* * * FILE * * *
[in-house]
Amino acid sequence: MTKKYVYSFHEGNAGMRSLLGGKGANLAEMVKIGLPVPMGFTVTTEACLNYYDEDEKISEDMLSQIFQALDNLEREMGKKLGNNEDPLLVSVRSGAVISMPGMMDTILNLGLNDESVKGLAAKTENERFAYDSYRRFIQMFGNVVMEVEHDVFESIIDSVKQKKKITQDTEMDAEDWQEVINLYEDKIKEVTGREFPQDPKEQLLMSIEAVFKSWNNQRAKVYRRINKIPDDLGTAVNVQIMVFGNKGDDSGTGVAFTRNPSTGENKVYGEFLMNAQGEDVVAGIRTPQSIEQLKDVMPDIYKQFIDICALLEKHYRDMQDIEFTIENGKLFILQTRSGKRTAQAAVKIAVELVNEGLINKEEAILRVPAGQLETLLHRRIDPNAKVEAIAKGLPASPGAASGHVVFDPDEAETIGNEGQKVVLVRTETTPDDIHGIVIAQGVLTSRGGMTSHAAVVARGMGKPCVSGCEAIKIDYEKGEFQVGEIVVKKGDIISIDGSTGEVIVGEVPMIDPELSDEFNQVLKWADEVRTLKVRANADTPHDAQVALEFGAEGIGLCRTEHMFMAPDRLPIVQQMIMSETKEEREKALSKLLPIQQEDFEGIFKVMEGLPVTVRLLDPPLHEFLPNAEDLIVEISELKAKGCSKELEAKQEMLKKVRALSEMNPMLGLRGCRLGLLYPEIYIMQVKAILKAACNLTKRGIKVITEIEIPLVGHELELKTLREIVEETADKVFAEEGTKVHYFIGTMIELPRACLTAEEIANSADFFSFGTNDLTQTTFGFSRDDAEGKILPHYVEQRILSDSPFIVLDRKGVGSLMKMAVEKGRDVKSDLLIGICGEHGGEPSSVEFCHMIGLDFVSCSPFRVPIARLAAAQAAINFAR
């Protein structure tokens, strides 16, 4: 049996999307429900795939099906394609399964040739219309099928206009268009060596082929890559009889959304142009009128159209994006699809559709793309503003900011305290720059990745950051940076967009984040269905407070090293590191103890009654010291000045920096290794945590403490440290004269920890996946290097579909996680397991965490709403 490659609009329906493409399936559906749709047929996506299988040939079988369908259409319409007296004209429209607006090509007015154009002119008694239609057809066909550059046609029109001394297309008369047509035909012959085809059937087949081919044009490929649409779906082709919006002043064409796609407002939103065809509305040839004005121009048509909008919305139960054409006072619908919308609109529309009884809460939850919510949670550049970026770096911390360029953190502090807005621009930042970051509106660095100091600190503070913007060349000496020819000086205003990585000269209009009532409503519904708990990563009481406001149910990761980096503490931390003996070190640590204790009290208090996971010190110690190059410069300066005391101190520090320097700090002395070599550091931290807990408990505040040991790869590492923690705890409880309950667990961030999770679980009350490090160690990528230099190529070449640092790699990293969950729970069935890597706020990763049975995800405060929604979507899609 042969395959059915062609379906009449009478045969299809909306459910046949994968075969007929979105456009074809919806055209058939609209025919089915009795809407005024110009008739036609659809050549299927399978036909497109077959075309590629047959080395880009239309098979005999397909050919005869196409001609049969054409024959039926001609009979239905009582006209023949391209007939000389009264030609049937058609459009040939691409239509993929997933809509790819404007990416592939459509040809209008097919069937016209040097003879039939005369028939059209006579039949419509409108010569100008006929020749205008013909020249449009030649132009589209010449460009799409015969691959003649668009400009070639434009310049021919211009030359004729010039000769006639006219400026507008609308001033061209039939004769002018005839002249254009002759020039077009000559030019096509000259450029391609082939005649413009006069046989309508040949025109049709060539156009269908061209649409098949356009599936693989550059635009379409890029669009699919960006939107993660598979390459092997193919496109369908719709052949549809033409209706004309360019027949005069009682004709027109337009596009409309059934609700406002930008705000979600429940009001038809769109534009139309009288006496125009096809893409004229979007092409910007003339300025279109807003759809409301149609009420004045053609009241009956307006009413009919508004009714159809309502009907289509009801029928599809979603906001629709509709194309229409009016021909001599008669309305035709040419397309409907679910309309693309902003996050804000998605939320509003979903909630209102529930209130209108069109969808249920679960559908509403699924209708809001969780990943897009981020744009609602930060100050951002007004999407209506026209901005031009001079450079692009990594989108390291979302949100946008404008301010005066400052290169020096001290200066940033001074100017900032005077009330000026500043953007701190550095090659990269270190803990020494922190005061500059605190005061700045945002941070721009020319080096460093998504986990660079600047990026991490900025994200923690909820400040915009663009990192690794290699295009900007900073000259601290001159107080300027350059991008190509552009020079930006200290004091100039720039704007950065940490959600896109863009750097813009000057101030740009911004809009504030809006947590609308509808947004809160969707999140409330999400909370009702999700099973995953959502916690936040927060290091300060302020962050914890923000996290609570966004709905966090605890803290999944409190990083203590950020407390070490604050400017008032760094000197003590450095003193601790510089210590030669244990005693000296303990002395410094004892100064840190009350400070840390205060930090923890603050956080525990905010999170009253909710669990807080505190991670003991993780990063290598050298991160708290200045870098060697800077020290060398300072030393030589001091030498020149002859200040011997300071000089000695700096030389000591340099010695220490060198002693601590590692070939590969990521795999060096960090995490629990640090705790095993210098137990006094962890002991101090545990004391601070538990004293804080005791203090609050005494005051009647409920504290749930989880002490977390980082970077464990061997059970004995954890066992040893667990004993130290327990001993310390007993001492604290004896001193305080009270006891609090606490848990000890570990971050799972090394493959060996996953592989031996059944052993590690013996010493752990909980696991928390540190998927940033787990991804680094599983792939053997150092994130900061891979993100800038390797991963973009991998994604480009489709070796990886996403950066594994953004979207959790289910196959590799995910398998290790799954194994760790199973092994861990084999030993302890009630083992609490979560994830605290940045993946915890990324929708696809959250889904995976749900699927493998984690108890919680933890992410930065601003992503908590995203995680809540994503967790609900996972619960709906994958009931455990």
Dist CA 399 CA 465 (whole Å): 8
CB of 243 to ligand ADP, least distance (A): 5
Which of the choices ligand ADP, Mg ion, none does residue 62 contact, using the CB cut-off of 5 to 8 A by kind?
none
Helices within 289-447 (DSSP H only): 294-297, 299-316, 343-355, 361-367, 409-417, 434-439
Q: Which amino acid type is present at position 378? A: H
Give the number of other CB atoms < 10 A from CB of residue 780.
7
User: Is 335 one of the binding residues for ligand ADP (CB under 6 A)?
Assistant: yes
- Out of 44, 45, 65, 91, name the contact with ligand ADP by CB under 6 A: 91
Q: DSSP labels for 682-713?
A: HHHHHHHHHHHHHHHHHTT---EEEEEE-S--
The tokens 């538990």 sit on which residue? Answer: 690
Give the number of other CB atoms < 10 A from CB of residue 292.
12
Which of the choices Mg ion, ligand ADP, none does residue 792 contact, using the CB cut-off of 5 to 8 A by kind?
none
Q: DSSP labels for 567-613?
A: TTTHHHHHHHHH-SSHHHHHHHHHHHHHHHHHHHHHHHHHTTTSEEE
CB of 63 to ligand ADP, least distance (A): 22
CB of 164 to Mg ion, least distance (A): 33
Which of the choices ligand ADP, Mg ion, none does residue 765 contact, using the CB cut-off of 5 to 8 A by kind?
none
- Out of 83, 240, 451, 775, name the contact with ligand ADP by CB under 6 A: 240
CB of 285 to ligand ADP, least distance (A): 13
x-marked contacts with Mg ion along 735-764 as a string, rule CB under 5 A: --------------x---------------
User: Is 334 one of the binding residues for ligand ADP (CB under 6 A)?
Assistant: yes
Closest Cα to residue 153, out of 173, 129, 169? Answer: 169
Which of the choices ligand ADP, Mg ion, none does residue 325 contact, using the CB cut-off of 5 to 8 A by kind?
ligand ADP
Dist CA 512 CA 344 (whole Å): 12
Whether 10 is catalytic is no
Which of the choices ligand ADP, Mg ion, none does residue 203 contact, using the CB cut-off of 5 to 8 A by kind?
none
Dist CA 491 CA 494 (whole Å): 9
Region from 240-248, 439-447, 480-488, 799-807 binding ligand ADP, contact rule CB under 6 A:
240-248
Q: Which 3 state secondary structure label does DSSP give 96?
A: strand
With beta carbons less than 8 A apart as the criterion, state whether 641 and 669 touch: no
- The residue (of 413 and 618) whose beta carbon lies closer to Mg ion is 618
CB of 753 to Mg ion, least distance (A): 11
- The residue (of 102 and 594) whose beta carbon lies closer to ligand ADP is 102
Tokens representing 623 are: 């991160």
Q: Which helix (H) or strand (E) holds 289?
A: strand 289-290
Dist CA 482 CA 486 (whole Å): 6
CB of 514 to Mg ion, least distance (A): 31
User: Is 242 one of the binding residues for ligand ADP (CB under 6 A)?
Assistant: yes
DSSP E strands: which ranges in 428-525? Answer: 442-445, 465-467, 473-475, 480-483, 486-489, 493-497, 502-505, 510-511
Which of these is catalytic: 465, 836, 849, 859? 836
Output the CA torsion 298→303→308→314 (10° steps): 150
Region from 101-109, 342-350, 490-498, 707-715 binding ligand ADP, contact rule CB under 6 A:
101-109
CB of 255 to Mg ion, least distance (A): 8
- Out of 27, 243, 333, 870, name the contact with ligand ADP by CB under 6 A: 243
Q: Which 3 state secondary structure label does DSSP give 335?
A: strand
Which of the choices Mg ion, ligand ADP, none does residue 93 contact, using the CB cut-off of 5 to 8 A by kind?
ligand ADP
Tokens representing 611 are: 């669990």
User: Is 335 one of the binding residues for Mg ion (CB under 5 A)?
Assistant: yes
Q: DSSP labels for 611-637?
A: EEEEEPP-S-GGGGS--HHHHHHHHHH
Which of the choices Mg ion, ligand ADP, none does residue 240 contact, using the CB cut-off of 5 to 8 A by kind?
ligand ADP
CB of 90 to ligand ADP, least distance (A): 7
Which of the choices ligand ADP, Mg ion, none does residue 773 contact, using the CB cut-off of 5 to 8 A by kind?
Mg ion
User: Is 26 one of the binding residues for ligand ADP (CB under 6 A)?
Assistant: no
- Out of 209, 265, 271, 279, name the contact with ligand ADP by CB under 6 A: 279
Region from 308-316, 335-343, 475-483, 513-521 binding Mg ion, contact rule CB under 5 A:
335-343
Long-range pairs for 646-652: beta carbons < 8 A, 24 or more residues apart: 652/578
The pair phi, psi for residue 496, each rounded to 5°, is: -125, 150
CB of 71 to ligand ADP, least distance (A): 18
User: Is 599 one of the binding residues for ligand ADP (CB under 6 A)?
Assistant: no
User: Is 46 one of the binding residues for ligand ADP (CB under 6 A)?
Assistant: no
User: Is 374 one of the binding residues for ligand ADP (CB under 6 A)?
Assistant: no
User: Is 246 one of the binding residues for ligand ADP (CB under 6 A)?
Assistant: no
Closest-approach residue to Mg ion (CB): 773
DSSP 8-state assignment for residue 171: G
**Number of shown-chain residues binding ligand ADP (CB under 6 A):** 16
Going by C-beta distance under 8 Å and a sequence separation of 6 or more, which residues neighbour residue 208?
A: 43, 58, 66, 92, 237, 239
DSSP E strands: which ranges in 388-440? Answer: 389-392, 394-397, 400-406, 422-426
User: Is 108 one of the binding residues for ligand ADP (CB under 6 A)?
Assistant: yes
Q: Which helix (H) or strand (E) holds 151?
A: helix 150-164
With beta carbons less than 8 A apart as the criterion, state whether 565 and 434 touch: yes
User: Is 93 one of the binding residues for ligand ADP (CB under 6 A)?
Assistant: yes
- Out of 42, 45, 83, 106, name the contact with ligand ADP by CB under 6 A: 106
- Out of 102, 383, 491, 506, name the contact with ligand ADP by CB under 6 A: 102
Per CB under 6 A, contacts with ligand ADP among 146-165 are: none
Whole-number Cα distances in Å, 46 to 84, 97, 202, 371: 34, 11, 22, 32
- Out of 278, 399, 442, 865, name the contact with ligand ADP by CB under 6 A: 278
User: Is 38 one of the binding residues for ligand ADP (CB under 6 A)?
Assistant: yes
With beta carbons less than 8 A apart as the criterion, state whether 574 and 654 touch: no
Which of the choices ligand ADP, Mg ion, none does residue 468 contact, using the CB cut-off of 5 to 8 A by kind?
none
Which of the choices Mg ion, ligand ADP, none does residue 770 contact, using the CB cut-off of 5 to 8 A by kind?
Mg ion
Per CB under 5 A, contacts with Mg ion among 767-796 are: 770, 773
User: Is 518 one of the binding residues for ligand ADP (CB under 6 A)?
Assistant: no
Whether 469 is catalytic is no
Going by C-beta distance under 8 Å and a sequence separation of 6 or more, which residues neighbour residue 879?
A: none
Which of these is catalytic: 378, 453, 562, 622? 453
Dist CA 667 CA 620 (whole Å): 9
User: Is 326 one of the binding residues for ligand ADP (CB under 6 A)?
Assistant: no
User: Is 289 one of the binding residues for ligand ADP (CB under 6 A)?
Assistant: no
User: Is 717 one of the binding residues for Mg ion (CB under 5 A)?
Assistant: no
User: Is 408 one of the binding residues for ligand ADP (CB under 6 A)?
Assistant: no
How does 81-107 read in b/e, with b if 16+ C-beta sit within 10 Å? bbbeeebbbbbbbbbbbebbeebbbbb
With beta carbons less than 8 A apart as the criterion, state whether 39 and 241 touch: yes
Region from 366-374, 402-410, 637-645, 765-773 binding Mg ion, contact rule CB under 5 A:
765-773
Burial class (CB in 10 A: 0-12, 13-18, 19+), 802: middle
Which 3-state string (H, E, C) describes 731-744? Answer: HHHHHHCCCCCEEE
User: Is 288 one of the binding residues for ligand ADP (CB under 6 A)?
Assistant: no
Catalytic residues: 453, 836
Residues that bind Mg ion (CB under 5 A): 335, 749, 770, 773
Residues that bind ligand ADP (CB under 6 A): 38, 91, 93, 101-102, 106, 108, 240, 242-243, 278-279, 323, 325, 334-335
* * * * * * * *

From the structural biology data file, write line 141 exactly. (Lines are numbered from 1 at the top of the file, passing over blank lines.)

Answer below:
Assistant: no